A Rotten Legacy

Thirty years later, Tron: Legacy still can’t figure out that sci-fi isn’t about the special effects.

Is that a joystick in your glow suit?
Is that a joystick in your glow suit?

This totally superfluous and eminently forgettable sequel to the groundbreaking 1982 flick Tron will make a bloody fortune not because it embodies any qualities deserving of such, but out of compelling nostalgia and, well ... not much else.

In 1982, Jeff Bridges’ Kevin Flynn was a computer game designer who got zapped into a virtual world of his own making. Thirty years later, he’s still there, and it has evolved into something that bears no resemblance to much of anything we would recognize as a representation of cyberspace. But it’s just so freakin’ cool to look at!

Except it isn’t. The spandex-and-neon aesthetic of the 1982 film has been upgraded to ooze even more smoothly into your visual cortex, but it still looks cheap and cheesy and like a relic of that era immediately post-Star Wars when everyone was desperate to manufacture that next sci-fi blockbuster. But, as then, everyone here seems to have forgotten that Star Wars wasn’t, you know, STAR WARS because of FX but because we fell in love with Luke, Han and Leia.

It’s tough to love or even to grudgingly like Garrett Hedlund’s Sam Flynn, Kevin’s now grown-up son who follows Dad into VR-land: He’s a smug, deeply unappealing shell of a contrived would-be hero.

We’re supposed to care what happens in cyberspace here, but it’s hard to understand the threat. Apparently, Clu, an avatar for Kevin Flynn (a disturbingly CGI-age-regressed Bridges), might somehow be able to lead an army of indistinctly dangerous VR soldiers into our “real” world and do some damage, but what threat this poses is unclear. More than a decade after The Matrix utterly transformed popular metaphors for the virtual world and for how the physical world might interact with the digital one Tron: Legacy wants to be content to exist in an uninteresting alternative.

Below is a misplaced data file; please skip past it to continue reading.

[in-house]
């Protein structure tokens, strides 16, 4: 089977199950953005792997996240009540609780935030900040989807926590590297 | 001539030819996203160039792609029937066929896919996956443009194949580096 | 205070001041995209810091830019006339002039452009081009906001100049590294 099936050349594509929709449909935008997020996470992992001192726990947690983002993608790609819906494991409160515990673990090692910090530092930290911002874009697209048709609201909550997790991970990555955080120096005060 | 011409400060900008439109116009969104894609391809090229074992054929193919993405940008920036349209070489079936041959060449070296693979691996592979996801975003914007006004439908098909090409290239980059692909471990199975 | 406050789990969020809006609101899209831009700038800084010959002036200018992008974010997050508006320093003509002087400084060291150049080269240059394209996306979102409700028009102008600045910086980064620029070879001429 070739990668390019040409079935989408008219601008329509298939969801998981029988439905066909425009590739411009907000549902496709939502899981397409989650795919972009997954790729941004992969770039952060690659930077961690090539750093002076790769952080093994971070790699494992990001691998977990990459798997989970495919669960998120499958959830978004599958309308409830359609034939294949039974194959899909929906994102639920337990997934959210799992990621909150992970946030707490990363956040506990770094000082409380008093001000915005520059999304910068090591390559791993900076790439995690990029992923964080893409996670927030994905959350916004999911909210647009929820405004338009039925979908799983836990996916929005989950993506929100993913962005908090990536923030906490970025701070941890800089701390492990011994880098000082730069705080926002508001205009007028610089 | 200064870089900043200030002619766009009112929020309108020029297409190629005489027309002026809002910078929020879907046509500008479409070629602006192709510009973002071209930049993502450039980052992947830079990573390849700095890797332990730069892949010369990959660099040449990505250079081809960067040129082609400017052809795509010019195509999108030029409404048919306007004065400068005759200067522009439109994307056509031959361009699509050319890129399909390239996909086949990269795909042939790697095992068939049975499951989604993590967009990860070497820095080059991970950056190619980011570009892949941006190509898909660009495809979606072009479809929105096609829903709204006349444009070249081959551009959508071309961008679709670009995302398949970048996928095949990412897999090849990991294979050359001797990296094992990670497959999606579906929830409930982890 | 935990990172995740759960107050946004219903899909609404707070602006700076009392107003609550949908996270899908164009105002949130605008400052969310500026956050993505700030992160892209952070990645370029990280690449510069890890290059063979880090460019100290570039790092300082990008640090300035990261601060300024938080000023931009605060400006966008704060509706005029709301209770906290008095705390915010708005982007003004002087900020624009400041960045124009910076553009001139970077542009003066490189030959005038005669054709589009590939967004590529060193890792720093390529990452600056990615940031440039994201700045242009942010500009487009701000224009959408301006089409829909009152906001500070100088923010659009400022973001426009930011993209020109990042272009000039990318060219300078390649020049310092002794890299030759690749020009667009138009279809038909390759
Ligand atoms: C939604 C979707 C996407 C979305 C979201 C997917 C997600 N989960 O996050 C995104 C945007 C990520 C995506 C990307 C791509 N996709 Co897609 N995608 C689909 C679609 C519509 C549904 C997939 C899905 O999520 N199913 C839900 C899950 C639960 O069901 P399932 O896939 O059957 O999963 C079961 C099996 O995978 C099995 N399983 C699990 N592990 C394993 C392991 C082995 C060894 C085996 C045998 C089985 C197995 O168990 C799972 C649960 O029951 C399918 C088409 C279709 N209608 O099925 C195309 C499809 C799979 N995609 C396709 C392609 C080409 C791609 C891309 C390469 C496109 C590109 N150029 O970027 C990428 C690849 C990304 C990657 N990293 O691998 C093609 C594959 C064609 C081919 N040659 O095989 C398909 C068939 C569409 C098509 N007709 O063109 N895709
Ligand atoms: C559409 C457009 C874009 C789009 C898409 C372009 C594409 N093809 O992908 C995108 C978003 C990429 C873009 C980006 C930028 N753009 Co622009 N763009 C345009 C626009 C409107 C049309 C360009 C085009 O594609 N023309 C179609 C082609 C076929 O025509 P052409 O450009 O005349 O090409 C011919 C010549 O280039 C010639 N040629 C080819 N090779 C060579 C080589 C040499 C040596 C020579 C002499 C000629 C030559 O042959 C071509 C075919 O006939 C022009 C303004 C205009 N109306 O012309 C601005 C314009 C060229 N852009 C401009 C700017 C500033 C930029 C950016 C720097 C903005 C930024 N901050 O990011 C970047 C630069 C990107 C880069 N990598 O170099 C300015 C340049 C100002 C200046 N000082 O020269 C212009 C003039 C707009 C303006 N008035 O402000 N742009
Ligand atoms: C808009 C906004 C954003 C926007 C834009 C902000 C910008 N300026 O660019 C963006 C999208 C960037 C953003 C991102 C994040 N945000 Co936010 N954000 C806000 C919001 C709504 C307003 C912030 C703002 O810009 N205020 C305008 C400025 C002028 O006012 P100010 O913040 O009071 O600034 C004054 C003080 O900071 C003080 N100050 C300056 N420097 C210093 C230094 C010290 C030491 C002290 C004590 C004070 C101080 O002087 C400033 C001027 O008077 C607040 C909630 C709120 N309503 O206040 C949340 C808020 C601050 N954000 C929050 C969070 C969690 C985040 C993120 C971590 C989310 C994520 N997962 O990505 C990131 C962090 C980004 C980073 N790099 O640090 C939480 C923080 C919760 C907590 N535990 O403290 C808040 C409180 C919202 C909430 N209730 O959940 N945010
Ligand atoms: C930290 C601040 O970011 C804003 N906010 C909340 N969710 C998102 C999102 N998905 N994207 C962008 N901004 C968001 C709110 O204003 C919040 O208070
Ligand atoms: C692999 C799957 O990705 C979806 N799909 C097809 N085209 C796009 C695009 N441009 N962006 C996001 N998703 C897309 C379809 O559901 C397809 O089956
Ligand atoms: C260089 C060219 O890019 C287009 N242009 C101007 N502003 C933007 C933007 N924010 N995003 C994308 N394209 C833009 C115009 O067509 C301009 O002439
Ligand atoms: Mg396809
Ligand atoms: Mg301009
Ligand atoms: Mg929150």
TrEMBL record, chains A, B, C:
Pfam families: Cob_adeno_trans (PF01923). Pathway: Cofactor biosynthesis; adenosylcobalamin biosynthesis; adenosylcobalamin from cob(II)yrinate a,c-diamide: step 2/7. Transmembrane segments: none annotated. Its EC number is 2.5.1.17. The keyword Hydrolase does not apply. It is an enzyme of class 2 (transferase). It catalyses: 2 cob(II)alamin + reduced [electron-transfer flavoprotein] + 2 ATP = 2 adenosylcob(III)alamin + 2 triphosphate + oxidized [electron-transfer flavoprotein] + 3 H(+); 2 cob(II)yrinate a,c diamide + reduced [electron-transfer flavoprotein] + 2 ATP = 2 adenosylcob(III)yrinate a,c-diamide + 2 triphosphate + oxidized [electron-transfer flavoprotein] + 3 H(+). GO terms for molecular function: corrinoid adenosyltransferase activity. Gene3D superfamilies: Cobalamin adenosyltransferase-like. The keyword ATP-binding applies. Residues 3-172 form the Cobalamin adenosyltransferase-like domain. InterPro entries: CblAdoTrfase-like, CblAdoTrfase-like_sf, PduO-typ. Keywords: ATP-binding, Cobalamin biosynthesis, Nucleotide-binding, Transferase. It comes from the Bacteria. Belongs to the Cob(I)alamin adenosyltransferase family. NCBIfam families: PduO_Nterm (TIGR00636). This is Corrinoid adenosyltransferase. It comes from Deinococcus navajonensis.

We’re meant to care about something that, as Kevin Flynn promised, would transform everything “science, medicine, religion” yet the movie cannot even begin to make us appreciate how this might come about. Kevin rhapsodizes about “biodigital jazz, man,” so where the hell is it? I’d like to see a movie about biodigital jazz. It would require a helluva lot more imagination and intellectual adventurousness than Legacy can muster.

But computerized babes in spandex who undress Our Hero whether he likes it or not? You can rest assured that is most definitely a feature here. Some of us, however, might call it a bug. 

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